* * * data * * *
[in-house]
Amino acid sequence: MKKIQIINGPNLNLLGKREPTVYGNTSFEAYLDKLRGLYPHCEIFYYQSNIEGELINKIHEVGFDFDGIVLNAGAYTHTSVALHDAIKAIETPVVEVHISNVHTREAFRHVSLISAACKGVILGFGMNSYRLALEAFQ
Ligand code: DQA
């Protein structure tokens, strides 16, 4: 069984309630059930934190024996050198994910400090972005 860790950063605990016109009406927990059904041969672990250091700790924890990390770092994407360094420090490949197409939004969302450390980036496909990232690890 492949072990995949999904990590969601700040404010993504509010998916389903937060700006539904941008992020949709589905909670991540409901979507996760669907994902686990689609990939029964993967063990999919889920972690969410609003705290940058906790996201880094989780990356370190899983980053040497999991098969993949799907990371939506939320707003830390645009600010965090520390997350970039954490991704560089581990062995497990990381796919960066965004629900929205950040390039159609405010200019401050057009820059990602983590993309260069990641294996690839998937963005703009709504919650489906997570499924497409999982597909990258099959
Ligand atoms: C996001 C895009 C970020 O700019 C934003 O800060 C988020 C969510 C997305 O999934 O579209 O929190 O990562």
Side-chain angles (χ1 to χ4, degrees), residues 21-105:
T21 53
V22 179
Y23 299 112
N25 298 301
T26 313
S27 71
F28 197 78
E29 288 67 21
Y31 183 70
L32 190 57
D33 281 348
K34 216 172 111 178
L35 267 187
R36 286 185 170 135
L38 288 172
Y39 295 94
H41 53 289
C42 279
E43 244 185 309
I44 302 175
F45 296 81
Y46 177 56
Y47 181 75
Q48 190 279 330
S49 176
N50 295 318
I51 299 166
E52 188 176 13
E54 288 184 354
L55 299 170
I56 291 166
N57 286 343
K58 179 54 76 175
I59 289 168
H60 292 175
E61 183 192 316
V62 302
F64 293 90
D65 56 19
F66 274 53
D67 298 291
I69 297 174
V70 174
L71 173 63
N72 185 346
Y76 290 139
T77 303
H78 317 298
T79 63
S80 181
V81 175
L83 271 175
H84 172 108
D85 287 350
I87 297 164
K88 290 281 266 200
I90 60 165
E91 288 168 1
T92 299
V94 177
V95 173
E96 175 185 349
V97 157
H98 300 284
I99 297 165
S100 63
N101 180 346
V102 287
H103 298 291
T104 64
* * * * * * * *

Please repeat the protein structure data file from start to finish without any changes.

[in-house]
Amino acid sequence: MKKIQIINGPNLNLLGKREPTVYGNTSFEAYLDKLRGLYPHCEIFYYQSNIEGELINKIHEVGFDFDGIVLNAGAYTHTSVALHDAIKAIETPVVEVHISNVHTREAFRHVSLISAACKGVILGFGMNSYRLALEAFQ
Ligand code: DQA
């Protein structure tokens, strides 16, 4: 069984309630059930934190024996050198994910400090972005 860790950063605990016109009406927990059904041969672990250091700790924890990390770092994407360094420090490949197409939004969302450390980036496909990232690890 492949072990995949999904990590969601700040404010993504509010998916389903937060700006539904941008992020949709589905909670991540409901979507996760669907994902686990689609990939029964993967063990999919889920972690969410609003705290940058906790996201880094989780990356370190899983980053040497999991098969993949799907990371939506939320707003830390645009600010965090520390997350970039954490991704560089581990062995497990990381796919960066965004629900929205950040390039159609405010200019401050057009820059990602983590993309260069990641294996690839998937963005703009709504919650489906997570499924497409999982597909990258099959
Ligand atoms: C996001 C895009 C970020 O700019 C934003 O800060 C988020 C969510 C997305 O999934 O579209 O929190 O990562």
Side-chain angles (χ1 to χ4, degrees), residues 21-105:
T21 53
V22 179
Y23 299 112
N25 298 301
T26 313
S27 71
F28 197 78
E29 288 67 21
Y31 183 70
L32 190 57
D33 281 348
K34 216 172 111 178
L35 267 187
R36 286 185 170 135
L38 288 172
Y39 295 94
H41 53 289
C42 279
E43 244 185 309
I44 302 175
F45 296 81
Y46 177 56
Y47 181 75
Q48 190 279 330
S49 176
N50 295 318
I51 299 166
E52 188 176 13
E54 288 184 354
L55 299 170
I56 291 166
N57 286 343
K58 179 54 76 175
I59 289 168
H60 292 175
E61 183 192 316
V62 302
F64 293 90
D65 56 19
F66 274 53
D67 298 291
I69 297 174
V70 174
L71 173 63
N72 185 346
Y76 290 139
T77 303
H78 317 298
T79 63
S80 181
V81 175
L83 271 175
H84 172 108
D85 287 350
I87 297 164
K88 290 281 266 200
I90 60 165
E91 288 168 1
T92 299
V94 177
V95 173
E96 175 185 349
V97 157
H98 300 284
I99 297 165
S100 63
N101 180 346
V102 287
H103 298 291
T104 64